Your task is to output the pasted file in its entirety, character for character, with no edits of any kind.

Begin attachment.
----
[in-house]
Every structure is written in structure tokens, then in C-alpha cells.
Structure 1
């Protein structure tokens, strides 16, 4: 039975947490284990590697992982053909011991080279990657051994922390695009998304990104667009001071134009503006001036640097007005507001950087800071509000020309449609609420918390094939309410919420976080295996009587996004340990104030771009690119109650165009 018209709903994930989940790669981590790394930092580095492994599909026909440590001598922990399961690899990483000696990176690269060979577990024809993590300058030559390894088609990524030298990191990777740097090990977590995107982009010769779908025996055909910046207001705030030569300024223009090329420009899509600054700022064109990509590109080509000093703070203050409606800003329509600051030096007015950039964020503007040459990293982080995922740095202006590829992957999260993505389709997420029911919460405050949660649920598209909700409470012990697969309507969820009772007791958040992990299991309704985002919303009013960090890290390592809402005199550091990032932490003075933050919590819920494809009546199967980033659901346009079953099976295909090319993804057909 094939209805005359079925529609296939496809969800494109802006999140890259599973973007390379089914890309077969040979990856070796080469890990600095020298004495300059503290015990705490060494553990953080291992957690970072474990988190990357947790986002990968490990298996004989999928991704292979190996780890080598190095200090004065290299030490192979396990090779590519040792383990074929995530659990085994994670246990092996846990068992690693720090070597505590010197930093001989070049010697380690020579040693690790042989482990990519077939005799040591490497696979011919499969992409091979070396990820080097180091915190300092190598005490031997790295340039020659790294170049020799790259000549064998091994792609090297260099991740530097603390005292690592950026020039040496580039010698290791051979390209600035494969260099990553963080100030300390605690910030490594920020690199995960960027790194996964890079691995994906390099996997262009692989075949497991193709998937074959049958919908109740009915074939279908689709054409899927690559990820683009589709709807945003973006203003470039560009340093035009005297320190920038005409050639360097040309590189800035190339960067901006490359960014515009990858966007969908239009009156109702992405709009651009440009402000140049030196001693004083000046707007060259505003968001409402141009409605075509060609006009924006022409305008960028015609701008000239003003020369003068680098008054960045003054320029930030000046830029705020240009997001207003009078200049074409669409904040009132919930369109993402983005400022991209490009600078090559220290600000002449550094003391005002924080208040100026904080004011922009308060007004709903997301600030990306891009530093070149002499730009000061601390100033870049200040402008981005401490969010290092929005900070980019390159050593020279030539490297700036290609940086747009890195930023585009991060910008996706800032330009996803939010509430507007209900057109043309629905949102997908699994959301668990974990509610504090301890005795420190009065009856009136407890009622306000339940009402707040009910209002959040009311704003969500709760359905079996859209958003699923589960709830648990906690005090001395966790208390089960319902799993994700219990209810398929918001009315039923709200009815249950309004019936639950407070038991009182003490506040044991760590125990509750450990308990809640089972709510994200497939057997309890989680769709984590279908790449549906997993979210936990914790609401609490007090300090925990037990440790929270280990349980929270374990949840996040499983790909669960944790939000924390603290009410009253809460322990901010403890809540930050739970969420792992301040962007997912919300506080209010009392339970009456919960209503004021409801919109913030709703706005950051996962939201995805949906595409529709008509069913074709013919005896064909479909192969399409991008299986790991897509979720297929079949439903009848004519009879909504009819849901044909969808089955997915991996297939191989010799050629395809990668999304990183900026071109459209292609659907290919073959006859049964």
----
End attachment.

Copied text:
[in-house]
Every structure is written in structure tokens, then in C-alpha cells.
Structure 1
């Protein structure tokens, strides 16, 4: 039975947490284990590697992982053909011991080279990657051994922390695009998304990104667009001071134009503006001036640097007005507001950087800071509000020309449609609420918390094939309410919420976080295996009587996004340990104030771009690119109650165009 018209709903994930989940790669981590790394930092580095492994599909026909440590001598922990399961690899990483000696990176690269060979577990024809993590300058030559390894088609990524030298990191990777740097090990977590995107982009010769779908025996055909910046207001705030030569300024223009090329420009899509600054700022064109990509590109080509000093703070203050409606800003329509600051030096007015950039964020503007040459990293982080995922740095202006590829992957999260993505389709997420029911919460405050949660649920598209909700409470012990697969309507969820009772007791958040992990299991309704985002919303009013960090890290390592809402005199550091990032932490003075933050919590819920494809009546199967980033659901346009079953099976295909090319993804057909 094939209805005359079925529609296939496809969800494109802006999140890259599973973007390379089914890309077969040979990856070796080469890990600095020298004495300059503290015990705490060494553990953080291992957690970072474990988190990357947790986002990968490990298996004989999928991704292979190996780890080598190095200090004065290299030490192979396990090779590519040792383990074929995530659990085994994670246990092996846990068992690693720090070597505590010197930093001989070049010697380690020579040693690790042989482990990519077939005799040591490497696979011919499969992409091979070396990820080097180091915190300092190598005490031997790295340039020659790294170049020799790259000549064998091994792609090297260099991740530097603390005292690592950026020039040496580039010698290791051979390209600035494969260099990553963080100030300390605690910030490594920020690199995960960027790194996964890079691995994906390099996997262009692989075949497991193709998937074959049958919908109740009915074939279908689709054409899927690559990820683009589709709807945003973006203003470039560009340093035009005297320190920038005409050639360097040309590189800035190339960067901006490359960014515009990858966007969908239009009156109702992405709009651009440009402000140049030196001693004083000046707007060259505003968001409402141009409605075509060609006009924006022409305008960028015609701008000239003003020369003068680098008054960045003054320029930030000046830029705020240009997001207003009078200049074409669409904040009132919930369109993402983005400022991209490009600078090559220290600000002449550094003391005002924080208040100026904080004011922009308060007004709903997301600030990306891009530093070149002499730009000061601390100033870049200040402008981005401490969010290092929005900070980019390159050593020279030539490297700036290609940086747009890195930023585009991060910008996706800032330009996803939010509430507007209900057109043309629905949102997908699994959301668990974990509610504090301890005795420190009065009856009136407890009622306000339940009402707040009910209002959040009311704003969500709760359905079996859209958003699923589960709830648990906690005090001395966790208390089960319902799993994700219990209810398929918001009315039923709200009815249950309004019936639950407070038991009182003490506040044991760590125990509750450990308990809640089972709510994200497939057997309890989680769709984590279908790449549906997993979210936990914790609401609490007090300090925990037990440790929270280990349980929270374990949840996040499983790909669960944790939000924390603290009410009253809460322990901010403890809540930050739970969420792992301040962007997912919300506080209010009392339970009456919960209503004021409801919109913030709703706005950051996962939201995805949906595409529709008509069913074709013919005896064909479909192969399409991008299986790991897509979720297929079949439903009848004519009879909504009819849901044909969808089955997915991996297939191989010799050629395809990668999304990183900026071109459209292609659907290919073959006859049964």